In this episode of High Theory, Dennis Duncan tells us about the history of the index. At it’s simplest, an index is a table with columns that allow you to match sets of terms, most often topics and page numbers. Google is an index, as was the first bible concordance, completed in 1230 under the direction of a French Dominican scholar named Hugo de Saint-Cher.
In the episode, Dennis quotes a line from Alexander Pope’s Dunciad:
How index-learning turns no student pale,
Yet holds the eel of science by the tail
(book 1, lines 279-80)
He also references Nicholas Carr’s article, “Is Google Making Us Stupid?” (The Atlantic, July/Aug 2008), and the book based upon it, The Shallows: What the Internet is Doing to Our Brains (Norton, 2011), both of which make an argument against shallow reading that Dennis argues goes all the way back to medieval critiques of the index. In the longer version of our conversation, we talked about Italo Calvino’s If On A Winter’s Night a Traveler.
Dennis Duncan is a scholar of book history, translation, and avant-garde literature at the University College London. His book about the history of the index, Index, A History of the: A Bookish Adventure from Medieval Manuscripts to the Digital Age was published in the US by Norton in 2022. The book includes two indices, once made by indexing software, and the other by Paula Clarke Bain.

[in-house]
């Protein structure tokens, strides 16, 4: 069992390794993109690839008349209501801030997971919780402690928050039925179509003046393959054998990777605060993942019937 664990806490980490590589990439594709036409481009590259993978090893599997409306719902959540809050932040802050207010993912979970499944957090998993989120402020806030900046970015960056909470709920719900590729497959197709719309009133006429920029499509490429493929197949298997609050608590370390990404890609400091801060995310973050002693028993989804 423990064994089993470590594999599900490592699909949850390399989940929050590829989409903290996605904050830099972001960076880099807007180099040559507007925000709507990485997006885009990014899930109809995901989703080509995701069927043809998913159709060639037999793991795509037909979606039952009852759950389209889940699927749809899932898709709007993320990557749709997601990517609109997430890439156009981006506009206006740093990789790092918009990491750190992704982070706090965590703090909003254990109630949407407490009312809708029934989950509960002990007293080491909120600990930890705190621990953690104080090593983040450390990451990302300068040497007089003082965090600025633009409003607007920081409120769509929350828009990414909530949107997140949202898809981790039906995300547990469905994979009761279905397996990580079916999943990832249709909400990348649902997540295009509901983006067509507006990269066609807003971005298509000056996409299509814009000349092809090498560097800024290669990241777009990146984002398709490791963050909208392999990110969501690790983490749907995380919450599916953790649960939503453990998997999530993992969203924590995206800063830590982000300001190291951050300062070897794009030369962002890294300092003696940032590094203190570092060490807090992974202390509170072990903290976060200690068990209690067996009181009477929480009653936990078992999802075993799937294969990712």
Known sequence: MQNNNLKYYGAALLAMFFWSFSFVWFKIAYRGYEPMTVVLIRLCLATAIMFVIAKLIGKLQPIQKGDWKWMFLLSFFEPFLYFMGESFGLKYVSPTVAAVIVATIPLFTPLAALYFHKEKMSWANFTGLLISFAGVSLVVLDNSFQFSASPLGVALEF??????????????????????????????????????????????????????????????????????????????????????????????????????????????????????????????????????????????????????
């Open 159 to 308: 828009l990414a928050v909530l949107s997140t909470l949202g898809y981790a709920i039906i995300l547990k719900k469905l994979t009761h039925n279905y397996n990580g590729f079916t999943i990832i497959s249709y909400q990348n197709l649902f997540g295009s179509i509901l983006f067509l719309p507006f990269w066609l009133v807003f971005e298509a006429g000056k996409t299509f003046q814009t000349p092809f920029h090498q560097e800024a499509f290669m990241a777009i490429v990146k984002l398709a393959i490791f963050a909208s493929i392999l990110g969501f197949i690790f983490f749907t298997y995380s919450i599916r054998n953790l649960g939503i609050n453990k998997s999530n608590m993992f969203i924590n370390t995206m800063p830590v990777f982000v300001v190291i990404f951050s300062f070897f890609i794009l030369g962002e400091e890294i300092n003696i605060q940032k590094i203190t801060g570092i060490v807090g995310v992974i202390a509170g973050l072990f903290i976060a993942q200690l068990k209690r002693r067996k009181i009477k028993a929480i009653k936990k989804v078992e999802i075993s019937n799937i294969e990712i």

This week’s image is a portrait of Hugo de Saint-Cher, made by Tommaso da Modena. Image source: Wikimedia Commons. Full citation: Hugues de Saint-Cher († 1263), bibliste et théologien, Paris, Centre d’études du Saulchoir, Actes du colloque 13-15 mars 2000, Brepols, coll. « Bibliothèque d’histoire culturelle du Moyen Âge », n°1, Turnhout, 2004, 524 p., ISBN : 2-503-51721-8